Special Tours for NIH Festivalgoers

NLM’s History of Medicine Division is offering special tours for the 2016 NIH Research Festival on September 14-16, from 9 to 10 am, in Building 38 across the street from the Natcher Conference Center.

We look forward to sharing highlights of our historical collections and resources.

Our current display Confronting Violence, Improving Women’s Lives tells the story of nurse activists who changed the way the medical profession responded to patients who had been battered. At a time when the greater medical community largely dismissed domestic violence as a significant health issue, these activists identified victims of battering, responded to their needs, and worked towards prevention. The display includes buttons, posters, and photographs from the first generation of nurse activists and objects from today’s activists and community organizations. Confronting Violence, Improving Women’s Lives is open until October 14, 2016.

Illustration of a crowd of protestors

Detail from the special display Confronting Violence, Improving Women’s Lives.

We’ll share original classic books by Andreas Vesalius, one of the most celebrated physicians of the early modern era; William Harvey, the first individual to describe the circulation of blood in the body; Edward Jenner, the English physician and scientist who pioneered the smallpox vaccine; and Charles Darwin, whose influential work On the Origin of Species the NLM holds in multiple first editions published in a variety of languages.

We’ll discuss some of the earliest manuscripts in our collection, and we’ll offer visitors an opportunity to see the Nobel Prize medal awarded to the Marshall Nirenberg for genomic research conducted at NIH.

abstract drawing of the earth

Among the NLM’s rich collection of Arabic, Persian, and Turkish manuscripts relating to health and medicine is Kitab-i ‘Aja’ib al-Makhluqat wa Ghara’ib al-Mawjudat (in English, Marvels of Creatures and Miracles of Things Existing or sometimes, The Wonders of Creation), written by Abu Yahya Zakariya ibn Muhammad ibn Mahmud al-Qazwini (ca. 1202–1283 CE).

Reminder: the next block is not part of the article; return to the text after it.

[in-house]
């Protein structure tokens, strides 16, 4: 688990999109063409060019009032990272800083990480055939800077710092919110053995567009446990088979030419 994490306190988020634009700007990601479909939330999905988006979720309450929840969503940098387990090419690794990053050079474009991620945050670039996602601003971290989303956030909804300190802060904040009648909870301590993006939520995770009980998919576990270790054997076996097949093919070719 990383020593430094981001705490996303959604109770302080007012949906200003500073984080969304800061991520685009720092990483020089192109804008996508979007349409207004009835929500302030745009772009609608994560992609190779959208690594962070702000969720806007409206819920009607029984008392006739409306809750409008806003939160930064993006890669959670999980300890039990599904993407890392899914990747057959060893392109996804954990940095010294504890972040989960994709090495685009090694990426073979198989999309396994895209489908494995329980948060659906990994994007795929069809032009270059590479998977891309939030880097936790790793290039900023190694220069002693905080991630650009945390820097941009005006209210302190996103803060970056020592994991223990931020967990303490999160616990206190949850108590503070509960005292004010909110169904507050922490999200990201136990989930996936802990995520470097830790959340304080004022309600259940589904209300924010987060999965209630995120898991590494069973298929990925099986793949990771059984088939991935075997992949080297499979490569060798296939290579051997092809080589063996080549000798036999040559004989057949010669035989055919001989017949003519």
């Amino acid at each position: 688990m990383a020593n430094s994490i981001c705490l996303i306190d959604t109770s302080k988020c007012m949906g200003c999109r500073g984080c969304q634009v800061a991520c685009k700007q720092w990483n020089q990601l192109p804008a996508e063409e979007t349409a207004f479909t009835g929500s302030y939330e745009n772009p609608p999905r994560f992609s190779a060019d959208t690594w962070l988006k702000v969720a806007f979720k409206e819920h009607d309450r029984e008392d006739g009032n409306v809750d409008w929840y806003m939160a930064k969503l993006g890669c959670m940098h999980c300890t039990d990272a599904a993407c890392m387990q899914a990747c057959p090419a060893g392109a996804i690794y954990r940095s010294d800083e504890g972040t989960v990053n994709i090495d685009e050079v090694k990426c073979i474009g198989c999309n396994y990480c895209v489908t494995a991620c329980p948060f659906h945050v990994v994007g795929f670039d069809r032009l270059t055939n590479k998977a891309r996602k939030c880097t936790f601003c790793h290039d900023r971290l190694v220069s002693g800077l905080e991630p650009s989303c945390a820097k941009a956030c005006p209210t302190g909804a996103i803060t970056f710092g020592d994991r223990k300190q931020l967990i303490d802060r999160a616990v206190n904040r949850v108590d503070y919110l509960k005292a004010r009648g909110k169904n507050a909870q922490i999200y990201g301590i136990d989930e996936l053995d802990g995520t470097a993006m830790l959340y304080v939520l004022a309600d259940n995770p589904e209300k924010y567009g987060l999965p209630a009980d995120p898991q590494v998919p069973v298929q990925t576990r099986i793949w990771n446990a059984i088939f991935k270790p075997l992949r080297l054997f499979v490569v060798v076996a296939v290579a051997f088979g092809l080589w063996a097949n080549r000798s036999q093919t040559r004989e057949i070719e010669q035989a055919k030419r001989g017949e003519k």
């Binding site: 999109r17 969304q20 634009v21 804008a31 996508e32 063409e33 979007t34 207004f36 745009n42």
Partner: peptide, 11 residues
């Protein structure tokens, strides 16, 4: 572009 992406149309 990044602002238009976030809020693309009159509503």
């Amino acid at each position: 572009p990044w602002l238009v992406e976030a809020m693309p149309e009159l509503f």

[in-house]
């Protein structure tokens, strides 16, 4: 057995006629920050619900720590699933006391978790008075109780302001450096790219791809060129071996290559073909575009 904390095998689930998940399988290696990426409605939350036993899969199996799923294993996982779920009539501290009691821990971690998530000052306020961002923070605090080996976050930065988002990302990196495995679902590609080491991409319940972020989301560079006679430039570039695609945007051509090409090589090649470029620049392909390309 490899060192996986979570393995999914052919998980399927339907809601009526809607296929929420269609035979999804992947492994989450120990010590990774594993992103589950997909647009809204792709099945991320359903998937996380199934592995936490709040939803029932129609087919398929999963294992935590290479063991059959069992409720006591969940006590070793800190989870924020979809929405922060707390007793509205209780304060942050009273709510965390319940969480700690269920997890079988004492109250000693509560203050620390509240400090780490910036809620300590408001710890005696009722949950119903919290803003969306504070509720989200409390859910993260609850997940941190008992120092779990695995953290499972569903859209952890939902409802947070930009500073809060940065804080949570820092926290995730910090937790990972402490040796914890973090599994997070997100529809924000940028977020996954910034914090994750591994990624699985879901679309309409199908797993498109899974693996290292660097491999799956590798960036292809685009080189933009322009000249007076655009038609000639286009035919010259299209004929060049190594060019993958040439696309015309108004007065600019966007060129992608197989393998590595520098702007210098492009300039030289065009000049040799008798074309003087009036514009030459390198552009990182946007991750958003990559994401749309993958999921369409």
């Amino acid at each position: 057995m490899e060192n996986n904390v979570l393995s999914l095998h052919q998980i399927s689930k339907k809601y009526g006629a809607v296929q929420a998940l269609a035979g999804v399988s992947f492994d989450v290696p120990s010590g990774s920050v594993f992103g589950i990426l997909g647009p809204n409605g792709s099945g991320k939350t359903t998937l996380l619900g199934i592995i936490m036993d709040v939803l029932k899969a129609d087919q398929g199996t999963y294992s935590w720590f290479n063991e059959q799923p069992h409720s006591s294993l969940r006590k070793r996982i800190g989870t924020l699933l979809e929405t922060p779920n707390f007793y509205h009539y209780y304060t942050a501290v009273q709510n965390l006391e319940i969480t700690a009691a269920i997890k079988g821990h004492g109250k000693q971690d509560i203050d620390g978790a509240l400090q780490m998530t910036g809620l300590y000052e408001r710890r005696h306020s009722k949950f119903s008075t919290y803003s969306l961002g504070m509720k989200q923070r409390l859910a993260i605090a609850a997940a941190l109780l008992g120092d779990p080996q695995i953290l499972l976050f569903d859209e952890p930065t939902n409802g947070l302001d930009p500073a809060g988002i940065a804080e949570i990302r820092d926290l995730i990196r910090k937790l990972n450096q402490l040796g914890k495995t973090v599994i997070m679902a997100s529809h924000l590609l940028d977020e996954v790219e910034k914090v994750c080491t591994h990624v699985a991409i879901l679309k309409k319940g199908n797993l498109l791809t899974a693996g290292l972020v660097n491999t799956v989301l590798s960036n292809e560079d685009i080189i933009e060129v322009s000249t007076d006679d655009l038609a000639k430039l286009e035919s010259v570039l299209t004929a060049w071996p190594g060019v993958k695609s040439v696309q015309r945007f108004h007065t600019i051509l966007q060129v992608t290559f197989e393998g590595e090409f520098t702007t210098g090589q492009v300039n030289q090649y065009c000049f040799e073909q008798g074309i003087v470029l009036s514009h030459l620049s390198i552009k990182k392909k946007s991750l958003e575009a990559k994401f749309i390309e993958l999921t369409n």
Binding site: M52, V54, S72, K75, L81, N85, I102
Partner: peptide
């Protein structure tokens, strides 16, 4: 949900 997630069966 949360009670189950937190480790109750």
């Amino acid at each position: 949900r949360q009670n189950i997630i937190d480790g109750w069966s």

Participants will learn how these materials, alongside NLM’s rich digital collections, can support research.

Each day in cooperation with our colleagues across the NLM, the History of Medicine Division collects, preserves, makes available, and interprets for diverse audiences one of the world’s largest and richest collections of historical material related to human health and disease. We proudly undertake our work as part of the NLM’s broader role in translating biomedical research into practice and being a leader in information innovation. In fact, like the institution of which we are part, we embrace the future as stewards of the past.

NIH festivalgoers can attend one of the 9am tours September 14-16. But if you aren’t attending the festival, you can still visit us Monday through Friday from 8:30 to 5:00 (except federal holidays). Daily one-hour tours at 1:30 feature an overview of NLM programs and a walking tour that includes the History of Medicine Division. These tours begin in the NLM Visitor Center, off the first-floor lobby of NLM’s Lister Hill Center, Building 38A. Walk-ins are welcome, but we request reservations for groups larger than five. You may also call 301-827-6479 to discuss group tours.

Of course, anyone anytime can explore the richness of the NLM’s collections and resources online. The NLM’s main website is your gateway.

By Jeffrey S. Reznick, PhD, Chief, History of Medicine Division, NLM